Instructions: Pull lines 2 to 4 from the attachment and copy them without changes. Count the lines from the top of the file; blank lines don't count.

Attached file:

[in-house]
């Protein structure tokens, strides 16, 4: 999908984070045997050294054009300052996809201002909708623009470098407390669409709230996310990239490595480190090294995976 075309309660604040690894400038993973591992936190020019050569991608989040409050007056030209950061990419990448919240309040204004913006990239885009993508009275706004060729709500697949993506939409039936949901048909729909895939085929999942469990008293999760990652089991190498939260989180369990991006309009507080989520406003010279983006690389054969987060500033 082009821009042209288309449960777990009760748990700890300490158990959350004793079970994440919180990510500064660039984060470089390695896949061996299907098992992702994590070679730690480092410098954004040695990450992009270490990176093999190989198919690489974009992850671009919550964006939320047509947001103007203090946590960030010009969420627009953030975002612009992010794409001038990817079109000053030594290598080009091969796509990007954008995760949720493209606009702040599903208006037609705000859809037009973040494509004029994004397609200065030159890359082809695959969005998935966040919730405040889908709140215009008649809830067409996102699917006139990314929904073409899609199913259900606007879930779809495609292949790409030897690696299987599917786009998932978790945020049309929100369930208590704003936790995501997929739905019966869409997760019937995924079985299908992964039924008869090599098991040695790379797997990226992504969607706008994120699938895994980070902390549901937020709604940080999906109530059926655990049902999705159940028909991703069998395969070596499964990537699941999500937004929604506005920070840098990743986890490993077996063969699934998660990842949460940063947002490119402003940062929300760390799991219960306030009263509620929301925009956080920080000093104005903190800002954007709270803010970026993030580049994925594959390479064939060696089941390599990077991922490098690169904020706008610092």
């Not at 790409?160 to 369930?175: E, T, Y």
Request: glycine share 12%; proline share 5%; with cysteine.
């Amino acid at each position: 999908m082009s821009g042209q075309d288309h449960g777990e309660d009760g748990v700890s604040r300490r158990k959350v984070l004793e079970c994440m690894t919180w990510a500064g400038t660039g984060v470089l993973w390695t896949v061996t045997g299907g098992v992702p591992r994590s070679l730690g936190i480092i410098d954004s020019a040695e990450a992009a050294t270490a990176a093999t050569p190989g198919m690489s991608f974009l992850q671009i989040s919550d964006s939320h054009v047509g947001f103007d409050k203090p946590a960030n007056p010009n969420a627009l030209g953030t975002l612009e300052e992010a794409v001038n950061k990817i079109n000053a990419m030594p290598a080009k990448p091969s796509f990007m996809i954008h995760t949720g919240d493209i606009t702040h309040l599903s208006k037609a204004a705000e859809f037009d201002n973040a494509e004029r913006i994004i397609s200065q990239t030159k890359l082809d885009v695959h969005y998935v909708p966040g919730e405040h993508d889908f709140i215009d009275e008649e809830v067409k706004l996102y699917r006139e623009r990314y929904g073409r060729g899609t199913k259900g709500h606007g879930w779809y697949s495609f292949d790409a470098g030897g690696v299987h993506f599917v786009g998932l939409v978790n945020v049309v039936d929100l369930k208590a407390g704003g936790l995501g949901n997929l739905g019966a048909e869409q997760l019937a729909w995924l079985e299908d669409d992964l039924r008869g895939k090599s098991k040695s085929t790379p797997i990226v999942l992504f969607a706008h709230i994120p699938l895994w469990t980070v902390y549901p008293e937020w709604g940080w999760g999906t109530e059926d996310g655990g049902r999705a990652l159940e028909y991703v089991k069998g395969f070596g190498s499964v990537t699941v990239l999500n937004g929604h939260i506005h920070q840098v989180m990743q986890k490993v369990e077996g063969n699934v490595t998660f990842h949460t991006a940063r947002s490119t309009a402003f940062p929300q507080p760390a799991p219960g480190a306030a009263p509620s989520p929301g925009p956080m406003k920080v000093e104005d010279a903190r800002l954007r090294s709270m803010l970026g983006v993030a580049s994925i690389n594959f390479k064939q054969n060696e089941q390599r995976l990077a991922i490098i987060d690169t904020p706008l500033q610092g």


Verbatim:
């Protein structure tokens, strides 16, 4: 999908984070045997050294054009300052996809201002909708623009470098407390669409709230996310990239490595480190090294995976 075309309660604040690894400038993973591992936190020019050569991608989040409050007056030209950061990419990448919240309040204004913006990239885009993508009275706004060729709500697949993506939409039936949901048909729909895939085929999942469990008293999760990652089991190498939260989180369990991006309009507080989520406003010279983006690389054969987060500033 082009821009042209288309449960777990009760748990700890300490158990959350004793079970994440919180990510500064660039984060470089390695896949061996299907098992992702994590070679730690480092410098954004040695990450992009270490990176093999190989198919690489974009992850671009919550964006939320047509947001103007203090946590960030010009969420627009953030975002612009992010794409001038990817079109000053030594290598080009091969796509990007954008995760949720493209606009702040599903208006037609705000859809037009973040494509004029994004397609200065030159890359082809695959969005998935966040919730405040889908709140215009008649809830067409996102699917006139990314929904073409899609199913259900606007879930779809495609292949790409030897690696299987599917786009998932978790945020049309929100369930208590704003936790995501997929739905019966869409997760019937995924079985299908992964039924008869090599098991040695790379797997990226992504969607706008994120699938895994980070902390549901937020709604940080999906109530059926655990049902999705159940028909991703069998395969070596499964990537699941999500937004929604506005920070840098990743986890490993077996063969699934998660990842949460940063947002490119402003940062929300760390799991219960306030009263509620929301925009956080920080000093104005903190800002954007709270803010970026993030580049994925594959390479064939060696089941390599990077991922490098690169904020706008610092």
């Not at 790409?160 to 369930?175: E, T, Y």
Request: glycine share 12%; proline share 5%; with cysteine.